Newspaper article The Evening Standard (London, England)


Newspaper article The Evening Standard (London, England)


Article excerpt


HOW about a bit of good, clean fun? A couple of hours from London on the Suffolk coast, Thorpeness is a wholesome Edwardian seaside resort that promises family enjoyment even in winter. Built early last century by a man with a grand plan, Glencairn Stuart Ogilvie, it became fashionable between the wars among the well-heeled, particularly those escaping the searing heat of the British empire.

Ogilvie's vision - a perfect, healthy, family-holiday resort - was a contrived tiny village centred around a golf club, tennis club and manmade Meare boating lake. It fell into disrepair in the Seventies, but was restored in the Nineties by a new owner, Tim Rowan-Robinson. Today the manicured gardens and quaint holiday homes look untouched by time. Can an out-of-season English beach holiday cut it for a modern family? We took our twoyearold son Samuel and baby daughter to find out.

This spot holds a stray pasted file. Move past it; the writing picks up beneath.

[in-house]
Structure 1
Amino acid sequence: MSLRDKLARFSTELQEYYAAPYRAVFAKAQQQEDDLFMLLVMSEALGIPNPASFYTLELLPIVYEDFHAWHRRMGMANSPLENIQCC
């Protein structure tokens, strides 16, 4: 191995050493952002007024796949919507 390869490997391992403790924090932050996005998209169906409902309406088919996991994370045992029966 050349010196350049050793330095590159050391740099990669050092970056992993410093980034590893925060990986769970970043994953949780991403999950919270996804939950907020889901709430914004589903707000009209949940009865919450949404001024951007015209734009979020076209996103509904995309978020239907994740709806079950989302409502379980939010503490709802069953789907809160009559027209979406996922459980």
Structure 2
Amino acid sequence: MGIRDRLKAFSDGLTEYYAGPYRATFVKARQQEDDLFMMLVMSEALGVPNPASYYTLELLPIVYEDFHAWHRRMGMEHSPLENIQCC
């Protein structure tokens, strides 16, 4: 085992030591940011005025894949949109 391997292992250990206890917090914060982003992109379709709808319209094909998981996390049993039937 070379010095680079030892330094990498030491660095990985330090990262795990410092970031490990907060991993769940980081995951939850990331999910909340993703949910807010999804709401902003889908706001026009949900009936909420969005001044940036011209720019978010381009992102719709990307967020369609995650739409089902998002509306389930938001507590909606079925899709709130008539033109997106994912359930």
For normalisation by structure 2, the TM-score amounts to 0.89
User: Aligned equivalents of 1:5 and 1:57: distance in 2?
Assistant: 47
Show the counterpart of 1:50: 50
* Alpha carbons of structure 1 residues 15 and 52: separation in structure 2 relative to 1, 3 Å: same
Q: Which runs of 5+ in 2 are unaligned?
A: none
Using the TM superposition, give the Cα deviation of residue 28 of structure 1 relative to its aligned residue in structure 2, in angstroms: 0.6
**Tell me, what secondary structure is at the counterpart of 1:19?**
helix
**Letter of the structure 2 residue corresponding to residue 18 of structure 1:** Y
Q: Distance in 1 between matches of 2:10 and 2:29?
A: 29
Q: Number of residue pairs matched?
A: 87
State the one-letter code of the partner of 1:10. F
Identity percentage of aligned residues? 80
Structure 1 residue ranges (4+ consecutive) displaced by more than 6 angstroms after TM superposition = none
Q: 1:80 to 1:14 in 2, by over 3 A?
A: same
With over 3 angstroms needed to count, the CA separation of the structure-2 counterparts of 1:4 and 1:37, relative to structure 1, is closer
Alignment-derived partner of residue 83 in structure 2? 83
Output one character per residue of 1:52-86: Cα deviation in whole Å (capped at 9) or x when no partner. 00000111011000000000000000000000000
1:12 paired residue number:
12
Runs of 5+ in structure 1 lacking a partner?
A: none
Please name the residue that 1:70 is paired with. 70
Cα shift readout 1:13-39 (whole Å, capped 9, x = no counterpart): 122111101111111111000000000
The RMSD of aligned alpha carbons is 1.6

Thorpeness is a fantasy resort of mock-Tudor meets Cape Codstyle painted clapboard buildings. We half expected Noddy to come around the corner in his little yellow car. An absurdly cute white wooden windmill towers above the holiday bungalows; opposite is another architectural folly, the House in the Clouds, a small wooden residence which, from a distance, seems to sit atop the trees.

Village life - Thorpeness has about 130 permanent residents, largely retired or working in tourism - revolves around the weeping willow-edged Meare boating lake. Even the ducks on the adjacent pond boast exotic pedigree.

Our simply furnished two-bedroom apartment overlooked the sea. From the small balcony we watched fishing boats and ships pass by. Up the coast the outsize golf ball of Sizewell B, the nuclear power plant, shimmered ominously on the horizon.

Down the path to the beach we ate ripe blackberries picked from the brambles and threw pebbles into the sea. …

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